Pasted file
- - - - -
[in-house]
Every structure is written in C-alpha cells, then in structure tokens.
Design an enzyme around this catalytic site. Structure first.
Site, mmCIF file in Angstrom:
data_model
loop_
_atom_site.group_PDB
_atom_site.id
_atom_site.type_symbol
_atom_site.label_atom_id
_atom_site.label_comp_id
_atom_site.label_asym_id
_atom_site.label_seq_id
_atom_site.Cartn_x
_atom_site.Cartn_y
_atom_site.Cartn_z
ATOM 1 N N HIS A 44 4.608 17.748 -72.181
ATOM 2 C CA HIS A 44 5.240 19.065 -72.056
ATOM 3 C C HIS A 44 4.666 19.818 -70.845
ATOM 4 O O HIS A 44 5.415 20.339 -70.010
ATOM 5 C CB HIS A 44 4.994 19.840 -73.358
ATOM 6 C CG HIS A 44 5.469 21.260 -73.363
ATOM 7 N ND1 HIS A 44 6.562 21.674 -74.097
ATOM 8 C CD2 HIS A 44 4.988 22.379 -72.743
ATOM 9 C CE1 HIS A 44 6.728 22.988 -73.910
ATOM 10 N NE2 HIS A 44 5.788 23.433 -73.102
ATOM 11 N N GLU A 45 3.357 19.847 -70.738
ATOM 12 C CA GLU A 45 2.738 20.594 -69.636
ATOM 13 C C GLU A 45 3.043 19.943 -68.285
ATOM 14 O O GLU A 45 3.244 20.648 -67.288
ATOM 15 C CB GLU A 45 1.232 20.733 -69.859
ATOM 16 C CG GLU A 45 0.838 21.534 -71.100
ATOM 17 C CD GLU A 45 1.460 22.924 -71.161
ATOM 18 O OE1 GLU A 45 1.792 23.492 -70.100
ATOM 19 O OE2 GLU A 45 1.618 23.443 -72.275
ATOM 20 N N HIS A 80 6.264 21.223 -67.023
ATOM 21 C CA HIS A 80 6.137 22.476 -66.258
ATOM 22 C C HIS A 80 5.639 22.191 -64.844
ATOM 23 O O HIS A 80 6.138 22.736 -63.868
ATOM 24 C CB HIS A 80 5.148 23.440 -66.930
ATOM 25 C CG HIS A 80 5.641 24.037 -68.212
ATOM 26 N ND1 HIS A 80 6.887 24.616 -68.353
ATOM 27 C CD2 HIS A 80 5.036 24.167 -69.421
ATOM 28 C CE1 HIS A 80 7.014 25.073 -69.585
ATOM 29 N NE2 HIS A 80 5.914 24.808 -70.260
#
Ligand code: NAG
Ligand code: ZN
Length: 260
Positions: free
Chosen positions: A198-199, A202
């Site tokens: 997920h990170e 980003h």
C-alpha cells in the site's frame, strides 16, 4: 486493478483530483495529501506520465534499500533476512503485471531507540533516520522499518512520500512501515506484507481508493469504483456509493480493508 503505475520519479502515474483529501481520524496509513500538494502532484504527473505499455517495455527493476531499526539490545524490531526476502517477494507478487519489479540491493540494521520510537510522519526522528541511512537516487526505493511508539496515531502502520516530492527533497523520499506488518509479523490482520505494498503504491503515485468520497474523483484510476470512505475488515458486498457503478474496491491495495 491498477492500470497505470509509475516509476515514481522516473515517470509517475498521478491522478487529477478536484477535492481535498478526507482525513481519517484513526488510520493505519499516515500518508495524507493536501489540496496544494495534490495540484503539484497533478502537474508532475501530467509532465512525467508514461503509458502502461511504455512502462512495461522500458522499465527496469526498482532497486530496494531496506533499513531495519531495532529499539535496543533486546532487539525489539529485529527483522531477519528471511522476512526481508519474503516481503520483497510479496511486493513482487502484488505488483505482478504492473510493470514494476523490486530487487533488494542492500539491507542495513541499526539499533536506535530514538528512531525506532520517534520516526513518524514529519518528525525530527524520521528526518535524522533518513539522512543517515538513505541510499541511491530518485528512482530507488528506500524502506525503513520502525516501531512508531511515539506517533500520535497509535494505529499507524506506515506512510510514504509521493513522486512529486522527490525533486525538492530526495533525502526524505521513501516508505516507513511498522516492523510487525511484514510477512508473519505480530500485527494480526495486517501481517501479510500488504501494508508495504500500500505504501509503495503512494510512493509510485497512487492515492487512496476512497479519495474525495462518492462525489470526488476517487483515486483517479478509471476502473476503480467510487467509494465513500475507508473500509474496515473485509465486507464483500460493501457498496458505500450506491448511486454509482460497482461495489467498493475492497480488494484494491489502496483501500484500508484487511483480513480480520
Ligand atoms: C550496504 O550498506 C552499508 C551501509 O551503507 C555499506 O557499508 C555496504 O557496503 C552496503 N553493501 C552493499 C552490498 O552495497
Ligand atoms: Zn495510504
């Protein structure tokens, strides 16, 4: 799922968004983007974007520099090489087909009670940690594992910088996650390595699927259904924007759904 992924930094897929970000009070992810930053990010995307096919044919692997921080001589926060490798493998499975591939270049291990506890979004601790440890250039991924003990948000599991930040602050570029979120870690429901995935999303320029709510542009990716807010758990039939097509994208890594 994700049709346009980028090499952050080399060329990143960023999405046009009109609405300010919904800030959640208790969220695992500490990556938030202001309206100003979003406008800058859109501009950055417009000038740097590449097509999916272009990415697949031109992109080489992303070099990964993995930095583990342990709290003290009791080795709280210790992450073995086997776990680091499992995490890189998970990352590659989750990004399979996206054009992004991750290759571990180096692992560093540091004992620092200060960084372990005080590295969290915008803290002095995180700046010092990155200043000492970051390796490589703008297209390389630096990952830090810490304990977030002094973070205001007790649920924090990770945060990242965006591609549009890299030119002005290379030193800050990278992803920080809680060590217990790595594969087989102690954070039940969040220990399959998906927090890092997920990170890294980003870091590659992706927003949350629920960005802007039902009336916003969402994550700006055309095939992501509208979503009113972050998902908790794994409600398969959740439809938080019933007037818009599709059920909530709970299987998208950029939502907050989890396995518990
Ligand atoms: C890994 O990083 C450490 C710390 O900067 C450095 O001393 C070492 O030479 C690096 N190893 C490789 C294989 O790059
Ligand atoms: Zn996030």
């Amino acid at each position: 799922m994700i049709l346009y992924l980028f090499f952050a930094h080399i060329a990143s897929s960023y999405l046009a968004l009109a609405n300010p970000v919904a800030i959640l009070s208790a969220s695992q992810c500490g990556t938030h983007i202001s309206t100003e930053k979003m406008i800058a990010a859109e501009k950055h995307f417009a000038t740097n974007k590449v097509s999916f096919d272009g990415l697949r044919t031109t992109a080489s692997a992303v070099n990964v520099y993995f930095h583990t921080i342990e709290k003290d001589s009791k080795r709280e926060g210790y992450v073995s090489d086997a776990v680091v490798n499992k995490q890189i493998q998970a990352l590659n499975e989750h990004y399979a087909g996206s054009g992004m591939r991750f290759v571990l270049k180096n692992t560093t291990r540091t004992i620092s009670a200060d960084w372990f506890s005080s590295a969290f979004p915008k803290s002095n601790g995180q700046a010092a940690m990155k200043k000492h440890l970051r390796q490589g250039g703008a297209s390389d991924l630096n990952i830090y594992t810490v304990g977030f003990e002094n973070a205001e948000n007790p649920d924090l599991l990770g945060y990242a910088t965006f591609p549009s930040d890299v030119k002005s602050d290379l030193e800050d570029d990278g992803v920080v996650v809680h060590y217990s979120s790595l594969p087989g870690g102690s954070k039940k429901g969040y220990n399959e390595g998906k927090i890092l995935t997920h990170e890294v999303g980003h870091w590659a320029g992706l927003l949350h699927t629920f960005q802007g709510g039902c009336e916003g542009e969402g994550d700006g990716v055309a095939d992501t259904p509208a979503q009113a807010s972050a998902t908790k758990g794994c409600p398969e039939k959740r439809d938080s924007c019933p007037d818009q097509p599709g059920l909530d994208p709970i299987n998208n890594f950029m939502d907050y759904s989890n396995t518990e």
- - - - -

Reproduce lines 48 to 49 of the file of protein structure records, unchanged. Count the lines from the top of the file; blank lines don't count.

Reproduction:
Ligand code: ZN
Length: 260